• nasal septum;
  • endochondral ossification;
  • synchondrosis;
  • facial suture;
  • craniofacial growth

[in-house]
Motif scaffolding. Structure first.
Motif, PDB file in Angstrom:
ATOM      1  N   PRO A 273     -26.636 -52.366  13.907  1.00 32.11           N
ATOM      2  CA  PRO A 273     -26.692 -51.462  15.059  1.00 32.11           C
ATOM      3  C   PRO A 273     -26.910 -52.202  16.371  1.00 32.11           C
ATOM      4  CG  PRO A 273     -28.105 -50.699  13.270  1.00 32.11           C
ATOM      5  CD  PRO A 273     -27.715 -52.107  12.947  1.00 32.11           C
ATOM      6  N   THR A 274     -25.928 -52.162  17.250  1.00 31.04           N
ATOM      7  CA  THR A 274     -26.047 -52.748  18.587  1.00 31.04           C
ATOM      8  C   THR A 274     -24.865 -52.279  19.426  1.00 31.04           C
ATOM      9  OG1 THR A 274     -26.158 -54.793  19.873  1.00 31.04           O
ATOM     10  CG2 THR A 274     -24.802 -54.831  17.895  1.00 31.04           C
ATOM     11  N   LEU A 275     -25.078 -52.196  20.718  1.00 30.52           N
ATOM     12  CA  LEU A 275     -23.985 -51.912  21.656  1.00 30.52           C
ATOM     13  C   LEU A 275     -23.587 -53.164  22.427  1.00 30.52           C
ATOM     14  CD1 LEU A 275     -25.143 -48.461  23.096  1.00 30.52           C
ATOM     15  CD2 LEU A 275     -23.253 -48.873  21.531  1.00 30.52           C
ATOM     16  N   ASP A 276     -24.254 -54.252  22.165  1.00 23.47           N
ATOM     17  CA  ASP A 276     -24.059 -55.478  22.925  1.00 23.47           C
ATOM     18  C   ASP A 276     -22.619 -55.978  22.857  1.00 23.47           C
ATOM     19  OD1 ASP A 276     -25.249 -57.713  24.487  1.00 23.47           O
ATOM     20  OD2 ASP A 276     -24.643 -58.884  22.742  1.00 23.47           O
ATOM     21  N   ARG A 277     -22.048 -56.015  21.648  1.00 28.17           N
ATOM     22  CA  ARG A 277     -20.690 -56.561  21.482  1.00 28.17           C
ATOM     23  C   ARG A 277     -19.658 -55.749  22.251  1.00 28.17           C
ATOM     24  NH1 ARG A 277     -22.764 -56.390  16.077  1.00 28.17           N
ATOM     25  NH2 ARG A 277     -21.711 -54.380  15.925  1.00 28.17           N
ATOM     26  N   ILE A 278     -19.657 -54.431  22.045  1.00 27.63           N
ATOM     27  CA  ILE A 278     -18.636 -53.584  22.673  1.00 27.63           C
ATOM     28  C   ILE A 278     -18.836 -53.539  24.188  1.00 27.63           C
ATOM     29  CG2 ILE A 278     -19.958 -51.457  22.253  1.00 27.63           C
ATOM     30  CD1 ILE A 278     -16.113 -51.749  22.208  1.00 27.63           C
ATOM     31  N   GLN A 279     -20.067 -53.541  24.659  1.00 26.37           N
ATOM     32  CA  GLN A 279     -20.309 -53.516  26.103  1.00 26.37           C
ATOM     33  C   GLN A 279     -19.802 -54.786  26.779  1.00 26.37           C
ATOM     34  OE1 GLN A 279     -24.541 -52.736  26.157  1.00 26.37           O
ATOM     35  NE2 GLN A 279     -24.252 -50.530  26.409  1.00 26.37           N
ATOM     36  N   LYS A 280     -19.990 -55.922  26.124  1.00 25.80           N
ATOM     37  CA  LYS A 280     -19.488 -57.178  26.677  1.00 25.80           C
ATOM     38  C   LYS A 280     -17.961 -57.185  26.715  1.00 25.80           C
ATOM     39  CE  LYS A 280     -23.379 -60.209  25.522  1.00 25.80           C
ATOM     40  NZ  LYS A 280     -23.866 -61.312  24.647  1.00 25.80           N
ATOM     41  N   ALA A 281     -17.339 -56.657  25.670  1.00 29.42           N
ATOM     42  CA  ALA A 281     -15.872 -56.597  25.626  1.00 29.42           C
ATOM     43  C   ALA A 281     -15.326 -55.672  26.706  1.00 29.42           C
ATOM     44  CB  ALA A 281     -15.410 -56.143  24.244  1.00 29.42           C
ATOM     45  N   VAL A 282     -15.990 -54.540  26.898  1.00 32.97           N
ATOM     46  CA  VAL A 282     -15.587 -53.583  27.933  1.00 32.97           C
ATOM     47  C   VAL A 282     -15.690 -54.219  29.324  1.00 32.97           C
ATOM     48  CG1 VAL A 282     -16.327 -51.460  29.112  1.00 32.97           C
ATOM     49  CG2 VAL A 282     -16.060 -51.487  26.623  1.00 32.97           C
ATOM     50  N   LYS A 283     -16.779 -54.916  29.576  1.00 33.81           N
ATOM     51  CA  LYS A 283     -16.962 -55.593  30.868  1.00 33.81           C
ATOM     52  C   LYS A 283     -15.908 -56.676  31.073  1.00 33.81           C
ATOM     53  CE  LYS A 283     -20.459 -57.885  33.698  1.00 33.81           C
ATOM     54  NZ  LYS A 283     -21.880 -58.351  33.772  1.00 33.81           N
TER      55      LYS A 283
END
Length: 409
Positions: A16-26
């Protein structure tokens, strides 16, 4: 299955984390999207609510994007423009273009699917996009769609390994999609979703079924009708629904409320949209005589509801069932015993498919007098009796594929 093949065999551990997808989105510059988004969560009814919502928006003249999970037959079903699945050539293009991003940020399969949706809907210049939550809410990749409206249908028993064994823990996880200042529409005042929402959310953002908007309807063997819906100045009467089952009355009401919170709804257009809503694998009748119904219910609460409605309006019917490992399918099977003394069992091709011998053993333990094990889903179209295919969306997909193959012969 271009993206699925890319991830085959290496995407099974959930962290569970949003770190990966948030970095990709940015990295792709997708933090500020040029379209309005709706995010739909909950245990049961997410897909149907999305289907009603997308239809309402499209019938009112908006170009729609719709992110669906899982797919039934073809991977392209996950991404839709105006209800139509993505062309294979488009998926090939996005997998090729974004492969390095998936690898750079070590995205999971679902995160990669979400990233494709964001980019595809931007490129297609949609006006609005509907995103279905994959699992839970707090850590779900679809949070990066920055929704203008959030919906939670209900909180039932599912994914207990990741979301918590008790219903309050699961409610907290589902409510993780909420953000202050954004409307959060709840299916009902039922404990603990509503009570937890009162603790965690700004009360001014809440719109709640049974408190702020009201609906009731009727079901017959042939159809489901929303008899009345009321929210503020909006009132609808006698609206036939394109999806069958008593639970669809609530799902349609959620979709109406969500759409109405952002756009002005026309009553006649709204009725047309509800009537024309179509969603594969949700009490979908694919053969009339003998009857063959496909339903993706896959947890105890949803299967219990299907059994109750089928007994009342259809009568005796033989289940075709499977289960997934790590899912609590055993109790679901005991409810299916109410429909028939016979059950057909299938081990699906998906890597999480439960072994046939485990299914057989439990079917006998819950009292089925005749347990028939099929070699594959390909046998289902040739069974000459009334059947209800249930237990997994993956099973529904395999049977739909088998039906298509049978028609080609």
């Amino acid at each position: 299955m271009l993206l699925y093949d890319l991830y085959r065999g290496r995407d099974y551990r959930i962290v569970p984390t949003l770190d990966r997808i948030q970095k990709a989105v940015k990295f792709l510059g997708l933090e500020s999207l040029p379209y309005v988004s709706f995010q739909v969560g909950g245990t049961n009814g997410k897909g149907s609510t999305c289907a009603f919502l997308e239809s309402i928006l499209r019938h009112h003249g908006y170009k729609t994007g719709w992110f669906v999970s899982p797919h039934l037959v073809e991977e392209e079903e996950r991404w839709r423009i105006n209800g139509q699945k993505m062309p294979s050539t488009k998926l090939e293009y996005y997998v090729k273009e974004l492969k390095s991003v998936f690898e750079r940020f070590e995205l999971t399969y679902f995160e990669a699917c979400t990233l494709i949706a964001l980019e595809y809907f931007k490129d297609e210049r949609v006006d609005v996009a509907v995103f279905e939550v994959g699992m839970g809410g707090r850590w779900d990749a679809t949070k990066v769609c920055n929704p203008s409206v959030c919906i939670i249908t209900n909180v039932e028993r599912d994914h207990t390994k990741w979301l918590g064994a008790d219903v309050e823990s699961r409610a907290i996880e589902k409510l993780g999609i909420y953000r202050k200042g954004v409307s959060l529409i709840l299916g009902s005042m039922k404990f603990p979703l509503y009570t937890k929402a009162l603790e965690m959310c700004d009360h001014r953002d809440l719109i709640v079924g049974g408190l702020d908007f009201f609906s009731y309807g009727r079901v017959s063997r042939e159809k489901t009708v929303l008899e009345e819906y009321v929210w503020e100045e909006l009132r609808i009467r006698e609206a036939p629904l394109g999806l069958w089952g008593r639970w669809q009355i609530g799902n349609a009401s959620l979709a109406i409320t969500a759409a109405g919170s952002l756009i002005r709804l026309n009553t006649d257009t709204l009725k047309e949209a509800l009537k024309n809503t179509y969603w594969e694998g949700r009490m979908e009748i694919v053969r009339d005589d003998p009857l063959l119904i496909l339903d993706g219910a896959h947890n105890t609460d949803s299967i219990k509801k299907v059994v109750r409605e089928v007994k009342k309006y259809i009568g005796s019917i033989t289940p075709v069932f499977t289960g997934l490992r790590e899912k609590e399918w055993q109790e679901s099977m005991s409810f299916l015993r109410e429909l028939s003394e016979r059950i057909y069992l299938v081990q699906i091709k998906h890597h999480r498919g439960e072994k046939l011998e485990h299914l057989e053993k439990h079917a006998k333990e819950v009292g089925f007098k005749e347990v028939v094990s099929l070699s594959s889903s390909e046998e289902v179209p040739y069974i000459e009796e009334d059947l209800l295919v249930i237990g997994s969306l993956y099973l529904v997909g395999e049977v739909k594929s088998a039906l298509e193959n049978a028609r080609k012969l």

Endochondral ossification at the caudal junctions of the cartilaginous nasal septum, in combination with interstitial expansion of the septum, is thought to displace the facial skeleton away from the neurocranium. However, the rate of endochondral ossification has not been measured or related to rates of septal enlargement. This study examined endochondral ossification at these junctions in mice from postnatal days 0–15, in the context of known cranial growth sites, the synchondroses. BrdU labeling was used to compare cell division at the septoethmoidal and septopresphenoidal junctions with cell division at the synchondroses, and double-fluorochrome labeling was used to measure mineralization rate. The results showed that the septoethmoidal and septopresphenoidal junctions develop the characteristic morphology of growth plates postnatally, and that the pattern of cell division is similar to that of synchondroses. Mineralization at these junctions occurred at rates that were not statistically different from those of the synchondroses. However, the cartilaginous septum increased in length much more rapidly than could be explained by caudal growth, implying that interstitial expansion is the more important contributor to septal growth. Anat Rec Part A, 288A:1163–1172, 2006. © 2006 Wiley-Liss, Inc.